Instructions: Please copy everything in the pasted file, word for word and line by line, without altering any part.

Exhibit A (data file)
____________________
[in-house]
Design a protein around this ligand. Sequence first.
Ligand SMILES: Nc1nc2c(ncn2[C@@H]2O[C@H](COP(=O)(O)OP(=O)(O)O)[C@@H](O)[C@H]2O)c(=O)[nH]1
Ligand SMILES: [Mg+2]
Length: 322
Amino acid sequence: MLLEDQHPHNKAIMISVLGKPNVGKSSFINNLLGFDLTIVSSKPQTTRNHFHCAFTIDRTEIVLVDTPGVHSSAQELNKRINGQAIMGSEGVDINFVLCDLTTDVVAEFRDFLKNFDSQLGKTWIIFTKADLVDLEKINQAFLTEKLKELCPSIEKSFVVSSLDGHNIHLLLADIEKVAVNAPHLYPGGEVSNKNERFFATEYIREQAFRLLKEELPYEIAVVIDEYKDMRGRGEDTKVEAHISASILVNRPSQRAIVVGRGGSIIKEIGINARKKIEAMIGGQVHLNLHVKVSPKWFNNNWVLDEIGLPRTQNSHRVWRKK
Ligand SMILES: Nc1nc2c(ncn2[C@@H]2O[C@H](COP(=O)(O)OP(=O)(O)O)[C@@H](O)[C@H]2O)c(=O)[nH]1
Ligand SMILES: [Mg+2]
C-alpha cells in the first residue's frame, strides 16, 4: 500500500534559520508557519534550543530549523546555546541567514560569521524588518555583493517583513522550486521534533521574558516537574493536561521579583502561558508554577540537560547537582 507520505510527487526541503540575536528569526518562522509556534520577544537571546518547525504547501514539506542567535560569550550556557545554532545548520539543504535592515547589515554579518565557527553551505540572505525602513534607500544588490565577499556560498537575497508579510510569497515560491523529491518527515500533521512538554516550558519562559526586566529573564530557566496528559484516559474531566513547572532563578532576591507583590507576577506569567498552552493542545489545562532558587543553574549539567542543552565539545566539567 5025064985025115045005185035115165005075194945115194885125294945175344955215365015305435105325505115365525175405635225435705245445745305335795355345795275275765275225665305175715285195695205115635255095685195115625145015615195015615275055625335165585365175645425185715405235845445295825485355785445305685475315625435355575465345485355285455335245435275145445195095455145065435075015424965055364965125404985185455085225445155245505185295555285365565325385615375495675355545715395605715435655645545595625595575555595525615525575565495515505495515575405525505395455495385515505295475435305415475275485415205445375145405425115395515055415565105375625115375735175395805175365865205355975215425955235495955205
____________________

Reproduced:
[in-house]
Design a protein around this ligand. Sequence first.
Ligand SMILES: Nc1nc2c(ncn2[C@@H]2O[C@H](COP(=O)(O)OP(=O)(O)O)[C@@H](O)[C@H]2O)c(=O)[nH]1
Ligand SMILES: [Mg+2]
Length: 322
Amino acid sequence: MLLEDQHPHNKAIMISVLGKPNVGKSSFINNLLGFDLTIVSSKPQTTRNHFHCAFTIDRTEIVLVDTPGVHSSAQELNKRINGQAIMGSEGVDINFVLCDLTTDVVAEFRDFLKNFDSQLGKTWIIFTKADLVDLEKINQAFLTEKLKELCPSIEKSFVVSSLDGHNIHLLLADIEKVAVNAPHLYPGGEVSNKNERFFATEYIREQAFRLLKEELPYEIAVVIDEYKDMRGRGEDTKVEAHISASILVNRPSQRAIVVGRGGSIIKEIGINARKKIEAMIGGQVHLNLHVKVSPKWFNNNWVLDEIGLPRTQNSHRVWRKK
Ligand SMILES: Nc1nc2c(ncn2[C@@H]2O[C@H](COP(=O)(O)OP(=O)(O)O)[C@@H](O)[C@H]2O)c(=O)[nH]1
Ligand SMILES: [Mg+2]
C-alpha cells in the first residue's frame, strides 16, 4: 500500500534559520508557519534550543530549523546555546541567514560569521524588518555583493517583513522550486521534533521574558516537574493536561521579583502561558508554577540537560547537582 507520505510527487526541503540575536528569526518562522509556534520577544537571546518547525504547501514539506542567535560569550550556557545554532545548520539543504535592515547589515554579518565557527553551505540572505525602513534607500544588490565577499556560498537575497508579510510569497515560491523529491518527515500533521512538554516550558519562559526586566529573564530557566496528559484516559474531566513547572532563578532576591507583590507576577506569567498552552493542545489545562532558587543553574549539567542543552565539545566539567 5025064985025115045005185035115165005075194945115194885125294945175344955215365015305435105325505115365525175405635225435705245445745305335795355345795275275765275225665305175715285195695205115635255095685195115625145015615195015615275055625335165585365175645425185715405235845445295825485355785445305685475315625435355575465345485355285455335245435275145445195095455145065435075015424965055364965125404985185455085225445155245505185295555285365565325385615375495675355545715395605715435655645545595625595575555595525615525575565495515505495515575405525505395455495385515505295475435305415475275485415205445375145405425115395515055415565105375625115375735175395805175365865205355975215425955235495955205